Nonergonomic! Feng Shui For Business
Feng Shui For Business
When sitting at your workstation it is strongly recommended that you do not have your back to a door, corridor or passageway, unless absolutely necessary. This is because a significant percentage of your conscious, and particularly your subconscious, awareness will be focused on what is going on behind you and you will be less able to concentrate on the tasks in hand. As far as business is concerned, staff will be less efficient/productive in such positions. In a cellular office it is usually quite simple to space-plan furniture so that the occupant has 'command of the room'.
By this I mean that the person has a good view of the door and through any windows, without having to turn around. Clearly, in an open-plan office environment it is almost inevitable that some personnel will end up with their back to a corridor. The best and simplest short-term remedy is to position a small mirror in front of you (perhaps on the edge of your PC monitor) so that you can easily see behind you. The small, circular, convex car wing mirrors are ideal as they show a wide expanse from a discreet surface area.
Are you a Feng Shui skeptic? Do you look upon Feng Shui as "primitive superstition ill-befitting rational, progressive intellectuals in the 21st century?" Listen to what the author has to say:
Companies are viewing the office environment as a critical factor that affects staff morale, motivation and loyalty. Feng shui is becoming accepted as a valid method of bringing about real change in people's lives, with large prestigious corporations such as BUPA, Orange Telecom, Hong Kong and Shanghai Bank, British Airways and Virgin Airlines, employing feng shui consultants on a regular basis. What do these companies have in common? They are all extremely successful, very profitable and people-orientated. With salaries accounting for the largest overhead of many companies, these 'blue chips' are keen to ensure that their employees are happy and motivated in the work place, in order that they may maximise performance. Training new people and integrating them into company culture is an expensive and time-consuming business; hence by reducing staff, turnover companies are taking a significant step closer to maximising their profits. Increasingly, companies are viewing the office environment as a critical factor affecting staff morale, motivation and loyalty. Many companies, such as those mentioned above, are discovering that feng shui provides a cost-effective means of significantly improving the quality of their working environment and so ultimately enhances their success in the marketplace.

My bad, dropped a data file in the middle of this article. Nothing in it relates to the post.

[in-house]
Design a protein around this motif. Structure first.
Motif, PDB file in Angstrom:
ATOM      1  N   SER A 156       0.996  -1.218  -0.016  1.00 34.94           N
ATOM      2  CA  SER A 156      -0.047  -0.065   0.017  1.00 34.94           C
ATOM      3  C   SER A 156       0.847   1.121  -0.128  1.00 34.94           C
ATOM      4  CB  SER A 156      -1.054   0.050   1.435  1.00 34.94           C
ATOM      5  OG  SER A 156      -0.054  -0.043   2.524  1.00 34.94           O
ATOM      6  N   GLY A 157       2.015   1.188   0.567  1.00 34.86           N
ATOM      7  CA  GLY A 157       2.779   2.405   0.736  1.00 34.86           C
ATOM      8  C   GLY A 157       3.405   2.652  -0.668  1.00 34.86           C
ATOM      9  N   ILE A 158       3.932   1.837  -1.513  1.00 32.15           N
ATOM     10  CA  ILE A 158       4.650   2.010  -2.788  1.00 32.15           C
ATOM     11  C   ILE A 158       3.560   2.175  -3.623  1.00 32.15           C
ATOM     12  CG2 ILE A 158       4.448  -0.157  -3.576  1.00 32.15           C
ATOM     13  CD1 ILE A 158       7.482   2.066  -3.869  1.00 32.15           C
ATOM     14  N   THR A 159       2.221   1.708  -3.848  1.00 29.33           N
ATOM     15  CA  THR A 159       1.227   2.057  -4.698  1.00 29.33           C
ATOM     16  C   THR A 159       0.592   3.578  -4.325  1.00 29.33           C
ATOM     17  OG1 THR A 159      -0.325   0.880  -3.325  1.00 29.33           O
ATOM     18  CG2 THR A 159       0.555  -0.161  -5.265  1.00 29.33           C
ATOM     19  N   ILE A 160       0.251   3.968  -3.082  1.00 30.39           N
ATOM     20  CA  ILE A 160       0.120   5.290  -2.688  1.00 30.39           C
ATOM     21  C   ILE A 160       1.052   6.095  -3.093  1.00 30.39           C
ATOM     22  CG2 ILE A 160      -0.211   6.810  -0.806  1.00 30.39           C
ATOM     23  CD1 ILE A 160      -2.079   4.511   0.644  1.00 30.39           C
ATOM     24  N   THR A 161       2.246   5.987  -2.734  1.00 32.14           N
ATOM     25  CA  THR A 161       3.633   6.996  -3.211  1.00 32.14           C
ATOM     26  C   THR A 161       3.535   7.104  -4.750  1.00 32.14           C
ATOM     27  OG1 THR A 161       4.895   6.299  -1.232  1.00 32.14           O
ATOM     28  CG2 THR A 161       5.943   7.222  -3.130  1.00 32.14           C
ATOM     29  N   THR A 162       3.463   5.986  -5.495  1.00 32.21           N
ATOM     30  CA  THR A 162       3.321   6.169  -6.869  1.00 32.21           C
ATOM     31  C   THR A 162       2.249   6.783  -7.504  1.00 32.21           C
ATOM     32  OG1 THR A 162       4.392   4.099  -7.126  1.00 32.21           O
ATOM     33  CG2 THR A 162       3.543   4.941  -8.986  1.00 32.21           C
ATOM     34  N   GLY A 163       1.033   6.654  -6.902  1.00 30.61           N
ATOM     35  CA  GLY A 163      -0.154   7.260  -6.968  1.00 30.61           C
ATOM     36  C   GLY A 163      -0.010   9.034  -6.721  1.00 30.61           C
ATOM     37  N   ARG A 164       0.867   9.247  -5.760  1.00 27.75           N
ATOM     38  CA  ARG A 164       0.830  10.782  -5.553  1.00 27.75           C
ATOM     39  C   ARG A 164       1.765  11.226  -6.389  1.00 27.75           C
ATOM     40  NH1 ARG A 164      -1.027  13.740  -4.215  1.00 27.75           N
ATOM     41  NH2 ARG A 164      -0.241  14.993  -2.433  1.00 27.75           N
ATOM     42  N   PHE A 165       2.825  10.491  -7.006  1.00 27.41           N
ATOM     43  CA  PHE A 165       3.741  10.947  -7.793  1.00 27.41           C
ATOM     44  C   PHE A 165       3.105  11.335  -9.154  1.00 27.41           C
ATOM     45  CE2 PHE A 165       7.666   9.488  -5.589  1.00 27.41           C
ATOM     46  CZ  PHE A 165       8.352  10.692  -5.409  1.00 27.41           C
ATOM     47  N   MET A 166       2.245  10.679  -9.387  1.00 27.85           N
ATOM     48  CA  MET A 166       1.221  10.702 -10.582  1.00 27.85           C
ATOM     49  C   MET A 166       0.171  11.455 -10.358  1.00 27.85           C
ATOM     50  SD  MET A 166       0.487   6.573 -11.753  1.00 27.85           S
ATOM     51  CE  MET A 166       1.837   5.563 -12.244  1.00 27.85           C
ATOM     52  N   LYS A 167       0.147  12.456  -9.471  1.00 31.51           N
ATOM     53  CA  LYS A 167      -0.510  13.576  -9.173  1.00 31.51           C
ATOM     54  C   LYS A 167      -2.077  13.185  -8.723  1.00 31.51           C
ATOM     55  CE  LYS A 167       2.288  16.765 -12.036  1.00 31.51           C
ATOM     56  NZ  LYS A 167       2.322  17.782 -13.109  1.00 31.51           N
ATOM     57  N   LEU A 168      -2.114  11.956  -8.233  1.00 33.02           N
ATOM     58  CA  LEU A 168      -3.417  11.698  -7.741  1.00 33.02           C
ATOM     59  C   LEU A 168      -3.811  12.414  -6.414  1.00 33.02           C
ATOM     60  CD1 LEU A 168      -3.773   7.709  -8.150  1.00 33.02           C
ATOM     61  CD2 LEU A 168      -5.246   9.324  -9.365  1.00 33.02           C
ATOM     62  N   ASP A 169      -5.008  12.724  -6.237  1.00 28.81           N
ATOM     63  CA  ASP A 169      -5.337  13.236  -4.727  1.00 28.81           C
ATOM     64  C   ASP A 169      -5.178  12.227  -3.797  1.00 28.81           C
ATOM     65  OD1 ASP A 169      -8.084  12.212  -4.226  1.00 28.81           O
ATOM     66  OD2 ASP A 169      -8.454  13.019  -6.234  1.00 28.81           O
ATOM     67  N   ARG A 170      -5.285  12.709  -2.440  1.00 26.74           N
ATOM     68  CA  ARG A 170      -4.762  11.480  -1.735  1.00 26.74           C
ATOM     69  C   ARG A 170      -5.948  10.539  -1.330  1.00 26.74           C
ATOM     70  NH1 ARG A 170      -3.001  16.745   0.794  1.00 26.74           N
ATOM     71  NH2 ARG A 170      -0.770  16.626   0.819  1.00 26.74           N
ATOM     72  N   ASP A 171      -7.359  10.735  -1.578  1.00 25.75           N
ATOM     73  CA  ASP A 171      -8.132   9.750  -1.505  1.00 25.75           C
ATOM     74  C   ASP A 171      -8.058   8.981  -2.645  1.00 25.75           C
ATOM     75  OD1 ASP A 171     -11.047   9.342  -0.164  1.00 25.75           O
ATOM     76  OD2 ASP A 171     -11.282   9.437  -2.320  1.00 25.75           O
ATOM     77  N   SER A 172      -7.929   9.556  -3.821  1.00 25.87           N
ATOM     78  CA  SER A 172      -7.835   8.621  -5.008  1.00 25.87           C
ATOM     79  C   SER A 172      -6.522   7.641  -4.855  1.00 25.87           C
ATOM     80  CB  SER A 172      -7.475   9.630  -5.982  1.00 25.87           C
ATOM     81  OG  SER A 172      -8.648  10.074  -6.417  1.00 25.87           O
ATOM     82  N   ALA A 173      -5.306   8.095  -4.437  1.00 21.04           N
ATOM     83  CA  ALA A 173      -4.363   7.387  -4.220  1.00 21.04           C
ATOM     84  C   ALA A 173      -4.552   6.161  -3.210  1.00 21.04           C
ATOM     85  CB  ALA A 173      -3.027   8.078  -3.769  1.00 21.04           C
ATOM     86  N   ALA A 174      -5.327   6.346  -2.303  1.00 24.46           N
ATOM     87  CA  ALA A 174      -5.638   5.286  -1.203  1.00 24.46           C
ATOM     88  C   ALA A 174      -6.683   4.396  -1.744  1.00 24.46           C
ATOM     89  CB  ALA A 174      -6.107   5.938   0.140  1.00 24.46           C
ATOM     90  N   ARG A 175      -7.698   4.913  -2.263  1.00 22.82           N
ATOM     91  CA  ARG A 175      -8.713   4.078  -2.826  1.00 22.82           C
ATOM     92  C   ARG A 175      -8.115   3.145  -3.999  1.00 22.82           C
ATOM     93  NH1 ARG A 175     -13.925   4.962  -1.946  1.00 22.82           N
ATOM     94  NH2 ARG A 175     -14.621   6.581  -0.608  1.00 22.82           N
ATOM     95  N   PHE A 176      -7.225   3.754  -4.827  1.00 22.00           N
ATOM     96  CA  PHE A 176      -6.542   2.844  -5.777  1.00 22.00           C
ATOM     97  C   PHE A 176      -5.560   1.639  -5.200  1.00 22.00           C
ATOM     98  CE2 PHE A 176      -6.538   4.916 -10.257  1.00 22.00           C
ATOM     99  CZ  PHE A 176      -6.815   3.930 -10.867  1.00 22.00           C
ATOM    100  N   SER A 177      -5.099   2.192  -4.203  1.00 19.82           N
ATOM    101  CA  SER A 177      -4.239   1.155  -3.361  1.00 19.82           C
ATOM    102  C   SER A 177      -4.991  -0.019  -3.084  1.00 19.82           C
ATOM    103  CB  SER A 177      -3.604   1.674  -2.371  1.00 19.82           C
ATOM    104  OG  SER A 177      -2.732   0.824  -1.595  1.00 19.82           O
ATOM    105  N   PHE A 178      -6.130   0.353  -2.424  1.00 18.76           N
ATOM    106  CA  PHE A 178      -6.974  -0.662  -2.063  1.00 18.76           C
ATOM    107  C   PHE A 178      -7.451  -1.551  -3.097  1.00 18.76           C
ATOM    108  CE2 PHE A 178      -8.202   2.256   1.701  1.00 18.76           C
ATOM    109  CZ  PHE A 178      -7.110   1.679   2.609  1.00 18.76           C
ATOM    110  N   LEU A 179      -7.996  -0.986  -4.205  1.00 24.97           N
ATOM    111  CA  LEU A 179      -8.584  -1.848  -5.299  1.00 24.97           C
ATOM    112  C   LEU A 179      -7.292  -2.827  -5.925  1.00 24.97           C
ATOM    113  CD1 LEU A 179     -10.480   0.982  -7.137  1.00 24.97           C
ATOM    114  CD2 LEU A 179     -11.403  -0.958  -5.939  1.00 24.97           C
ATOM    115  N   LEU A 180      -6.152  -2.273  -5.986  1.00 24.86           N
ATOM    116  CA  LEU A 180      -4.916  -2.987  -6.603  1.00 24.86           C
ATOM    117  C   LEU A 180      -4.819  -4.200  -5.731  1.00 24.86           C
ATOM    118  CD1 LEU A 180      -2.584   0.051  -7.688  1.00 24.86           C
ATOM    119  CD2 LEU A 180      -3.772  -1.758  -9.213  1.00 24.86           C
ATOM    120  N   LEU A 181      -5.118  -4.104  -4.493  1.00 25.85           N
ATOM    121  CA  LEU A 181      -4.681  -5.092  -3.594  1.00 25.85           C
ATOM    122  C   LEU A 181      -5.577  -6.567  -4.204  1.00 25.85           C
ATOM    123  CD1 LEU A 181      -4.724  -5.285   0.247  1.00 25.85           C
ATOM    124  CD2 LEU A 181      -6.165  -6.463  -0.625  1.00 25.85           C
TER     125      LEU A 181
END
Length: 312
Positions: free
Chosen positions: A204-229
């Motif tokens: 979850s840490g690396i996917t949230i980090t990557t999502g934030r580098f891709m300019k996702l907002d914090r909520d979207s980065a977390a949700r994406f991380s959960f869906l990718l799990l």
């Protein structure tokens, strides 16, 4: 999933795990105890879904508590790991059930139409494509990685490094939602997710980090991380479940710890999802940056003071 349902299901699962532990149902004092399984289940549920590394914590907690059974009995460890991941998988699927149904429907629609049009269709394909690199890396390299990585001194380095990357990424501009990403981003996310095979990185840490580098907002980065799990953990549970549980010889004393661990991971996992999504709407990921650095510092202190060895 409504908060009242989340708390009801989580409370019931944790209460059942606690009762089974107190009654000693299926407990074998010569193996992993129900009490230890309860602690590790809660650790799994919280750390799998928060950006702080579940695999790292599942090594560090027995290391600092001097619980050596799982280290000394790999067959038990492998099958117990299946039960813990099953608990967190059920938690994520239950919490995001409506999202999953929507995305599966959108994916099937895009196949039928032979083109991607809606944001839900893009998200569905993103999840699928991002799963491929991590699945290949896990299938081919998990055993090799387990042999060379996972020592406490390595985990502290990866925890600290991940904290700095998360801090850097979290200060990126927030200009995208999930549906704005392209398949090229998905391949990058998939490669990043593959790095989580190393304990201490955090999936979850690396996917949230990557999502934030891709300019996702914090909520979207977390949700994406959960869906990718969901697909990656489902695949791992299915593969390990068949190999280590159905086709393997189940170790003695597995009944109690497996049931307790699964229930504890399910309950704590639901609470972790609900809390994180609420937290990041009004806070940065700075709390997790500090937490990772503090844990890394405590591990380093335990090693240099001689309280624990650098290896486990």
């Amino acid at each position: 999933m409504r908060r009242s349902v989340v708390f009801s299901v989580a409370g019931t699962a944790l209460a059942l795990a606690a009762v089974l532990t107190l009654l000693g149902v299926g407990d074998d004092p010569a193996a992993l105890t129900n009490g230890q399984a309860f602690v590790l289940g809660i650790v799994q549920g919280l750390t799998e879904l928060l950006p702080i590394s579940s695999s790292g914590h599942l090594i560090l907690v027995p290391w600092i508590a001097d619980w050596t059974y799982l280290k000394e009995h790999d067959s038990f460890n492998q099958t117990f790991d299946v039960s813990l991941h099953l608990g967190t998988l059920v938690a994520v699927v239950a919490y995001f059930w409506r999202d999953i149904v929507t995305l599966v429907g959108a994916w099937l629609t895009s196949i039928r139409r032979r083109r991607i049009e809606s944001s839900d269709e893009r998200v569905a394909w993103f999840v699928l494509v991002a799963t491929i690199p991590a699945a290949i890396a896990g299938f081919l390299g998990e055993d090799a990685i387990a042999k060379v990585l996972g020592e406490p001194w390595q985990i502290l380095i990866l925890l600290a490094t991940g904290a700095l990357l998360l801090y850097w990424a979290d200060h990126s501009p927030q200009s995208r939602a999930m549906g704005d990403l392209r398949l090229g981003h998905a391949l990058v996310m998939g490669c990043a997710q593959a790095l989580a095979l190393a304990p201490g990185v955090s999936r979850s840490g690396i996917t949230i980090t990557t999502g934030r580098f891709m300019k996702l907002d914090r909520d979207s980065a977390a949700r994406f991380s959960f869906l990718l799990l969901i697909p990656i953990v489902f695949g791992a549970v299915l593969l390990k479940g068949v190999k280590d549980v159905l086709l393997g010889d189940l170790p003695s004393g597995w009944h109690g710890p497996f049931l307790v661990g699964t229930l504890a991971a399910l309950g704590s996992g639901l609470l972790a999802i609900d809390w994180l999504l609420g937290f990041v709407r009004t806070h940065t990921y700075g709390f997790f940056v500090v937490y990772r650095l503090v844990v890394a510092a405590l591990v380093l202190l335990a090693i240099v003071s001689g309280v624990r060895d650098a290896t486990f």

During the decade of the Nineties, the ancient Chinese art of Feng Shui gained an unexpected but welcome currency in the technologically advanced, rationalistically oriented nations of Europe and America -- the countries anthropologist Edward T. Hall referred to as "low context" societies. American TV sit-coms now feature episodes in which famous Hollywood actors engage in Feng Shui one-upsmanship.
But is Feng Shui merely the Flavor of the Month? Is it, god forbid, the Macarena? Let us hope not. Feng Shui is far too important to be adopted and discarded as just another passing fad. Feng Shui, like Accupuncture, like Chinese Herbal Medicine, like Qi Gong, like Chinese Martial Arts, like the I Ching, works. It worked in the past, and will work in the future, for the simple reason that Feng Shui is grounded in a profound understanding of the fundamental nature of the universe we inhabit. It will only stop working when Nature As We Know It stops working as we know it. As westerners begin to appreciate what an invaluable contribution the Chinese art of Feng Shui is to the environmental design profession, it is high time Chinese design professionals re-evaluated their own cultural heritage. It would be sad indeed if at the same time Westerners were acquiring a newfound respect for All Things Chinese, Chinese themselves were busy denigrating and minimizing their own historical legacy.
-- Bevin Chu
Explanation: Feng Shui For Business
Author: Robert Gray
Affiliation: Feng Shui Society
Publication Date: 2003
Original Language: English
Editor: Bevin Chu, Registered Architect